The movement of pesticides and VOCs in the environment is complex. Their potential for entering the Edwards aquifer depends on factors such as their persistence in the soil, their exposure to sunlight and bacteria, their volatility, their solubility in water, and local soil and hydrogeologic conditions.


Ashworth, J.B., and Hopkins, Janie, 1995, Aquifers of Texas: Texas Water Development Board Report 345, 69 p.

Baumann, P.A., and Ketchersid, Mary, 1998, Some facts about atrazine: Texas Agricultural Extension Service, The Texas A&M University System, L–5204, accessed August 2, 1999, at URL

Lucius, J.E., Olhoeft, G.R., Hill, P.L., and Duke, S.K., 1992, Properties and hazards of 108 selected substances—1992 edition: U.S. Geological Survey Open-File Report 92–527, 554 p.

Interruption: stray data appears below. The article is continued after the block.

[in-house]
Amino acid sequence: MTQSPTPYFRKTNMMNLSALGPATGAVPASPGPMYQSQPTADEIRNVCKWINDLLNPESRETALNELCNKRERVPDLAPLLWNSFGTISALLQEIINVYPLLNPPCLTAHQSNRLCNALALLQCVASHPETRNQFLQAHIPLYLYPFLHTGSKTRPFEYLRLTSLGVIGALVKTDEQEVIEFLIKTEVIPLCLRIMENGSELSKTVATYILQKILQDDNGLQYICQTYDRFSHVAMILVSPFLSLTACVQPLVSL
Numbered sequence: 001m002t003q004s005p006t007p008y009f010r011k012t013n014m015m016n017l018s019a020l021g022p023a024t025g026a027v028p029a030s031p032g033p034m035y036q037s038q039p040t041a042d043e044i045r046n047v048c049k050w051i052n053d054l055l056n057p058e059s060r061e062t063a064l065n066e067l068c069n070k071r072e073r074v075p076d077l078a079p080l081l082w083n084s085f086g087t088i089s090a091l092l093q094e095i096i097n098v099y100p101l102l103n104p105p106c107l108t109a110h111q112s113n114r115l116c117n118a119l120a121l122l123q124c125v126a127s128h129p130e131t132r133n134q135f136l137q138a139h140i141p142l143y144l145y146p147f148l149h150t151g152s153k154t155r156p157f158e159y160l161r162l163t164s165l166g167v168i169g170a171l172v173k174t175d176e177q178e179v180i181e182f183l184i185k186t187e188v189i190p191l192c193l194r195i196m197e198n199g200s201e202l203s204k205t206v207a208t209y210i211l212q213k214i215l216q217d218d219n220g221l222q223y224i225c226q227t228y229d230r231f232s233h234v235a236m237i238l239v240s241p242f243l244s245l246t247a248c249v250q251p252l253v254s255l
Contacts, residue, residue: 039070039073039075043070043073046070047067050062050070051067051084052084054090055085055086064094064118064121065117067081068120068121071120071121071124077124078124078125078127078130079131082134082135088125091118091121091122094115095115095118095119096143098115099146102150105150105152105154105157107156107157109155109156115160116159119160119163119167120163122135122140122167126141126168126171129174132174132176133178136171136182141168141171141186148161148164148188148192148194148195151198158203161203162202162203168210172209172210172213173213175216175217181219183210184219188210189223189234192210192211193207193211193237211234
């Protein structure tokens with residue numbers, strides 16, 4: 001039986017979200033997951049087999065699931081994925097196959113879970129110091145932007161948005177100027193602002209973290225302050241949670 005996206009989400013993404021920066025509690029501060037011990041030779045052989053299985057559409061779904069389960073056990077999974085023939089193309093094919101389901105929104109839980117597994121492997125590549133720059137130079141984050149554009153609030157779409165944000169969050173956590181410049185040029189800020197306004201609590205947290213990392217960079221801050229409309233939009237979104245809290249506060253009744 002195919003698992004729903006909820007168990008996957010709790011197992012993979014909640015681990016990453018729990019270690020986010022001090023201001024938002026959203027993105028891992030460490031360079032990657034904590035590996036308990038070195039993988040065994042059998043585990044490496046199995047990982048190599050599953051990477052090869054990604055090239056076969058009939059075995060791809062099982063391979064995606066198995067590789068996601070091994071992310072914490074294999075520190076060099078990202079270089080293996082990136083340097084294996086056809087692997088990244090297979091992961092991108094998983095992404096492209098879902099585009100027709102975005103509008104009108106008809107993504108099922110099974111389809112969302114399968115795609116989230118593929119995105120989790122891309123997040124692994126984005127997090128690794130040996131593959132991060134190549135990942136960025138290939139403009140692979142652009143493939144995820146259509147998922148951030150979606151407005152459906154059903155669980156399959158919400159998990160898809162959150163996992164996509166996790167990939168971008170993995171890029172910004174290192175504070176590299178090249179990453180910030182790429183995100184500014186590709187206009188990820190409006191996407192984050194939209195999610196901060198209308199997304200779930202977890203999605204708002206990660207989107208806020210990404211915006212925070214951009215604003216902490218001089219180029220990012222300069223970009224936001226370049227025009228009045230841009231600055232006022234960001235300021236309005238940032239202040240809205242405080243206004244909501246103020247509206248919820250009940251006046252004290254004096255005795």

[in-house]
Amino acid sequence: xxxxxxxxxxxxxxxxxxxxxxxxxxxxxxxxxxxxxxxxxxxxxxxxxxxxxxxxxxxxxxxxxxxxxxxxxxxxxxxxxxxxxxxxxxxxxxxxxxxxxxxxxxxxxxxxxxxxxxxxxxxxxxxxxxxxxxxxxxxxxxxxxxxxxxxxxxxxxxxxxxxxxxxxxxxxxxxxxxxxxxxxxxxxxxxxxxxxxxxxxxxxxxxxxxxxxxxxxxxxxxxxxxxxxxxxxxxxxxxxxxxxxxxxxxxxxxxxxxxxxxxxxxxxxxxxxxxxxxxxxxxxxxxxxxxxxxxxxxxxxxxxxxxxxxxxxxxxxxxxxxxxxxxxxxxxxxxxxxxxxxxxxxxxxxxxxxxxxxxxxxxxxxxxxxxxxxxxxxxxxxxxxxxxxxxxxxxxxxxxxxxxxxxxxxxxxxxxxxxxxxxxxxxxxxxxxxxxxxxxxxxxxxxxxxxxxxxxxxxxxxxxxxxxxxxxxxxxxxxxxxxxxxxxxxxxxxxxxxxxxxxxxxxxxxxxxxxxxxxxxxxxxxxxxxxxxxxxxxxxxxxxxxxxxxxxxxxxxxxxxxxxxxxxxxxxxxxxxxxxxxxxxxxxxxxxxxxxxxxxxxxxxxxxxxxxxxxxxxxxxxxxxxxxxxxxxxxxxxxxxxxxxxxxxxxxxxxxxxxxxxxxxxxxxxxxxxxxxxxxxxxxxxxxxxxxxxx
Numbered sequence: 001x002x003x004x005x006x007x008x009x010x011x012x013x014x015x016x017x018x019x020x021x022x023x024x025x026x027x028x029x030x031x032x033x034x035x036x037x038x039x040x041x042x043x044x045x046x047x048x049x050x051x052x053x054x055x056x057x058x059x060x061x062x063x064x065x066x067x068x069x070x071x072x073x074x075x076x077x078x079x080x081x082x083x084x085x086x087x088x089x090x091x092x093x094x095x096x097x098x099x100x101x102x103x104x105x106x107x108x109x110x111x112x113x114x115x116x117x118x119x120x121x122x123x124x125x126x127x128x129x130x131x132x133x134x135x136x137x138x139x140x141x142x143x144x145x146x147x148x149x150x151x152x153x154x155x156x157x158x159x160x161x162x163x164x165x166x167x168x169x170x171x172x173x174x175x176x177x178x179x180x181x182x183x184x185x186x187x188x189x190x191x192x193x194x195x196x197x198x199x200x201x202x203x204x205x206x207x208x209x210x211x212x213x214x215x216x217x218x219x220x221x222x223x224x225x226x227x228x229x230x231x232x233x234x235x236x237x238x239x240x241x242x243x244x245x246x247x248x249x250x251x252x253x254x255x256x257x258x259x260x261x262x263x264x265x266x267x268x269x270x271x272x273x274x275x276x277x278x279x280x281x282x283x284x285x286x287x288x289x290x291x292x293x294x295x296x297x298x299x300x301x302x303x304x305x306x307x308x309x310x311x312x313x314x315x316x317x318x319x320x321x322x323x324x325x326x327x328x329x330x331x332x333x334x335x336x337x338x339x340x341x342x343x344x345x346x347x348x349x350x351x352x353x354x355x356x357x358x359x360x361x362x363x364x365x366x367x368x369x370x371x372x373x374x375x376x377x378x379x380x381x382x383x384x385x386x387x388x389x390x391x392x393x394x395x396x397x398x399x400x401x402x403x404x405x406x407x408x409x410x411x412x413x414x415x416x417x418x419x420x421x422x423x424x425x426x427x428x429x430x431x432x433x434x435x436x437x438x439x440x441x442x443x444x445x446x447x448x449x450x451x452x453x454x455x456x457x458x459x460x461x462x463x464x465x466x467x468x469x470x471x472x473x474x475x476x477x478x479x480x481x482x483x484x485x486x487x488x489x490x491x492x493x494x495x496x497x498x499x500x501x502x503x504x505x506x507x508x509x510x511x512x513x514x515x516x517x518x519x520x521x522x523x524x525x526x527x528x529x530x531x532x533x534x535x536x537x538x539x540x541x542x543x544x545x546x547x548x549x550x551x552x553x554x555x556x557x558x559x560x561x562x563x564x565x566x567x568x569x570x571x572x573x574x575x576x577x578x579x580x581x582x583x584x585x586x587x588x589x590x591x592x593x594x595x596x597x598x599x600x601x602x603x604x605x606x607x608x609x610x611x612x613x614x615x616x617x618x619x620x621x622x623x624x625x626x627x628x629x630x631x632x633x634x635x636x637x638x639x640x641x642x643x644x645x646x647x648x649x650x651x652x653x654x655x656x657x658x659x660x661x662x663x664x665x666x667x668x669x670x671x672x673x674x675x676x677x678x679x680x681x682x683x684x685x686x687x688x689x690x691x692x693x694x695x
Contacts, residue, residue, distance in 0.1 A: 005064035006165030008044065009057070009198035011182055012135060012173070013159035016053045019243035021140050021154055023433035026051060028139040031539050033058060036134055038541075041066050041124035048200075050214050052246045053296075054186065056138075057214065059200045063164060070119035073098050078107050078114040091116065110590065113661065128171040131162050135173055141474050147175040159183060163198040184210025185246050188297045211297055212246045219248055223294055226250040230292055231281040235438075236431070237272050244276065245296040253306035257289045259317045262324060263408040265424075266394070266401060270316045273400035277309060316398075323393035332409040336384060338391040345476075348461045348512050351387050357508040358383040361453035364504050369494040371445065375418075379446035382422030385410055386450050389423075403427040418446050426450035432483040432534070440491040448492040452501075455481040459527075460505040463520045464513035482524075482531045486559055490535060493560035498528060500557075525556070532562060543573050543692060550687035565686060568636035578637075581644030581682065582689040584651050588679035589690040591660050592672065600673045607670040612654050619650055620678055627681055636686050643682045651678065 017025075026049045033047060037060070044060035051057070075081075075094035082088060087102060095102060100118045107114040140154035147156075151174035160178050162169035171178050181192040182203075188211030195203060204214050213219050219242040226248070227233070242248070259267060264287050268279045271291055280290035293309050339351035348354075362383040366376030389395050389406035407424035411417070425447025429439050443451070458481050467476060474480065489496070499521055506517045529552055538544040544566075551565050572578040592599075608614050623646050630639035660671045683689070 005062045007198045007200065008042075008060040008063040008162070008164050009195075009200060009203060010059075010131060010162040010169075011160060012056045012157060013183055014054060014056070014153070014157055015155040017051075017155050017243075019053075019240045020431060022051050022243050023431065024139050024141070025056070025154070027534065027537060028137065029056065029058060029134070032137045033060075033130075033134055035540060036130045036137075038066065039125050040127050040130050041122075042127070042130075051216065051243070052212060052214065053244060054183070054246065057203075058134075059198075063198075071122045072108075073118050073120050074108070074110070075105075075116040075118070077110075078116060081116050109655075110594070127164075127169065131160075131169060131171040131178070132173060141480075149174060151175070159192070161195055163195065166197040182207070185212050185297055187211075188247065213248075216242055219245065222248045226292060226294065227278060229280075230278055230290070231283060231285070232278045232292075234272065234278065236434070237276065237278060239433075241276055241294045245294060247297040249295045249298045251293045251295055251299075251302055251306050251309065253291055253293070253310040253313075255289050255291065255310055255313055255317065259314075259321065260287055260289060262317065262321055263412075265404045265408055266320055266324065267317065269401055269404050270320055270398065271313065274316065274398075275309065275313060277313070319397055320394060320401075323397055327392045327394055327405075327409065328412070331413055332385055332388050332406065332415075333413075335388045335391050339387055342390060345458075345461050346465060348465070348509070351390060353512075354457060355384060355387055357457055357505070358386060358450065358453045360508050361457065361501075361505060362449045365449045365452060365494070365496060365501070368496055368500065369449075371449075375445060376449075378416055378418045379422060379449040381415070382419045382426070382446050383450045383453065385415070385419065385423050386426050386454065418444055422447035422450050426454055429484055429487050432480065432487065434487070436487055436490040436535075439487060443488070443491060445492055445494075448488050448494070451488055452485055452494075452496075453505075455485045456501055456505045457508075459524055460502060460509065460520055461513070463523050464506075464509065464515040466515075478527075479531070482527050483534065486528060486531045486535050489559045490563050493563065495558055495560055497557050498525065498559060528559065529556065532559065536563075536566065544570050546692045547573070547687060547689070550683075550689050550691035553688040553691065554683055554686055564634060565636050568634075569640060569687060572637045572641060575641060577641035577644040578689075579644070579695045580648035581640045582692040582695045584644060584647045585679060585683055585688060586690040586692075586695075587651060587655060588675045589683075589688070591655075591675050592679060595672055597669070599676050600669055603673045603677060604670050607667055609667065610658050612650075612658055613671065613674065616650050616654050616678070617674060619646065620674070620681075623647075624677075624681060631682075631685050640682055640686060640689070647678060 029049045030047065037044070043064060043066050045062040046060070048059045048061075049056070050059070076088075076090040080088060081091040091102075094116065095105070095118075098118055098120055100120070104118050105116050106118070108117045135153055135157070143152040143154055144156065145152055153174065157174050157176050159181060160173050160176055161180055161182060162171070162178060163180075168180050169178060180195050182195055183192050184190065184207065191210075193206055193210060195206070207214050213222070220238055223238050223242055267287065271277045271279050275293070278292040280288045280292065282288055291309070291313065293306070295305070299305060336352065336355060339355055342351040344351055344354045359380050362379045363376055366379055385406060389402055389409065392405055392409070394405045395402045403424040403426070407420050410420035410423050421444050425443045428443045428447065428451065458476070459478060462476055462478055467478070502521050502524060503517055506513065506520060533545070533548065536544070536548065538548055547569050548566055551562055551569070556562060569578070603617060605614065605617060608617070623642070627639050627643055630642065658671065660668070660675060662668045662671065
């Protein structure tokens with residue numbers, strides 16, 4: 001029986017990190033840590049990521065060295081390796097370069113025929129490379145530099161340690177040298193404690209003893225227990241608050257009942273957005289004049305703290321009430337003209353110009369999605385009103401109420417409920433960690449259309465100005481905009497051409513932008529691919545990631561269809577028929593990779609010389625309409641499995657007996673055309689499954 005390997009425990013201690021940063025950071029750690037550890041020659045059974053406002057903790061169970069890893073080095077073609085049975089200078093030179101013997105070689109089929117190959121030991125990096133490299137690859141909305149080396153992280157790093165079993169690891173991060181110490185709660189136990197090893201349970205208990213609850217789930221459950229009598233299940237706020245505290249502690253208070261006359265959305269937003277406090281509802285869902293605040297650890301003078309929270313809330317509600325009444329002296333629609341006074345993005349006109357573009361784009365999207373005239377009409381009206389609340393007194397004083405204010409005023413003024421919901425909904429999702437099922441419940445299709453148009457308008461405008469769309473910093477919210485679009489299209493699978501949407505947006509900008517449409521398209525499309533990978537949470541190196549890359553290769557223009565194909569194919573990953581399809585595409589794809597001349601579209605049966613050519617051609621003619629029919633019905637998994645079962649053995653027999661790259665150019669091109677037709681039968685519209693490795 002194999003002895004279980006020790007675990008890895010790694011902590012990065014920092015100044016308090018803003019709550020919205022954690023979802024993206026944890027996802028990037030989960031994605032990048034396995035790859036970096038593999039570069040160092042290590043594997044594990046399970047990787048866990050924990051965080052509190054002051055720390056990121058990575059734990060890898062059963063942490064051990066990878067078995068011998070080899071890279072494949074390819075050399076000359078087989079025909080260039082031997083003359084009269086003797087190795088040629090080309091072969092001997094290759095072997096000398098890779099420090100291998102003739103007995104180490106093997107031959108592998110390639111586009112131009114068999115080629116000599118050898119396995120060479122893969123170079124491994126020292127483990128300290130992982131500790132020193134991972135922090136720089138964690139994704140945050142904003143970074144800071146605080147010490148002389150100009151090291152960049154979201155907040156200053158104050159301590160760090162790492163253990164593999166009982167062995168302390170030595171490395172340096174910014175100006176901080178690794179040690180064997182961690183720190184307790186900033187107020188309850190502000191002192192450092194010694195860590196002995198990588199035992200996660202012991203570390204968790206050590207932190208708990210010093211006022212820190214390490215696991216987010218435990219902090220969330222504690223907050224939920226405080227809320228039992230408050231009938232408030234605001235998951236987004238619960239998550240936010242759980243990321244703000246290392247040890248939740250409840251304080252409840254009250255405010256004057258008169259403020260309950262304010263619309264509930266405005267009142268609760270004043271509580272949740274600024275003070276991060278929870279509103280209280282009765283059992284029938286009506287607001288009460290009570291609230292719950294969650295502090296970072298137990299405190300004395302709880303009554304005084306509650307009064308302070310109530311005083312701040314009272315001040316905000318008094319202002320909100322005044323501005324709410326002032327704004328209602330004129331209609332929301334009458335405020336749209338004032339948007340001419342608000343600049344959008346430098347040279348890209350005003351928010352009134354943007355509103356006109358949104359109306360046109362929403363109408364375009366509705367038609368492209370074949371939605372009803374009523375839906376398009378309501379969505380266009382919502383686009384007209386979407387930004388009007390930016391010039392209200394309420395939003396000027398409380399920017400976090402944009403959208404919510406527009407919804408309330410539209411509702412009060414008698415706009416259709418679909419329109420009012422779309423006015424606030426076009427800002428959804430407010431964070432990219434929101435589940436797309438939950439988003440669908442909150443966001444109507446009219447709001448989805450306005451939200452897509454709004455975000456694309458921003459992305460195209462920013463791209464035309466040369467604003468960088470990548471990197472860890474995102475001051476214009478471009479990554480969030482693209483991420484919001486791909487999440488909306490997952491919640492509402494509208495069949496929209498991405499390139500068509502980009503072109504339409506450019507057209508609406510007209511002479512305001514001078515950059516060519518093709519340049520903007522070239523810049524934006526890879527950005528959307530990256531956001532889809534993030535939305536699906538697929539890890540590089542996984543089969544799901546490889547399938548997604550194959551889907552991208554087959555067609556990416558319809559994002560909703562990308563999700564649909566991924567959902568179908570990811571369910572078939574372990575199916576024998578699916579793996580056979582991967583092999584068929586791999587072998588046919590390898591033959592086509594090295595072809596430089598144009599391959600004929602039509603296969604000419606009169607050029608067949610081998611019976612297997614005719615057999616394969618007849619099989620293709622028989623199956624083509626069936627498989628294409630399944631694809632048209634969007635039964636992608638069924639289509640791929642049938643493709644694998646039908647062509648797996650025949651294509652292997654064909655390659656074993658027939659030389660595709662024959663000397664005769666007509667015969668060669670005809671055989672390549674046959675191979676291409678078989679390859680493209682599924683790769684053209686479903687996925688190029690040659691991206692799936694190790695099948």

Shelton, L.R., 1994, Field guide for collecting and processing stream-water samples for the National Water-Quality Assessment Program: U.S. Geological Survey, Open-File Report 94–455, 42 p.

U.S. Environmental Protection Agency, 1990, National pollutant discharge elimination system permit application regulations for stormwater discharges—Final rule: U.S. Federal Register, v. 55, no. 222, p. 47,989–48,091.

______1999a, Azinphos methyl risk management decision: Office of Pesticide Programs, accessed August 20, 1999, at URL

______1999b, Current drinking water standards: Office of Ground Water and Drinking Water, accessed August 20, 1999, at URL

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Information on technical reports and hydrologic data related to this and other studies can be obtained from: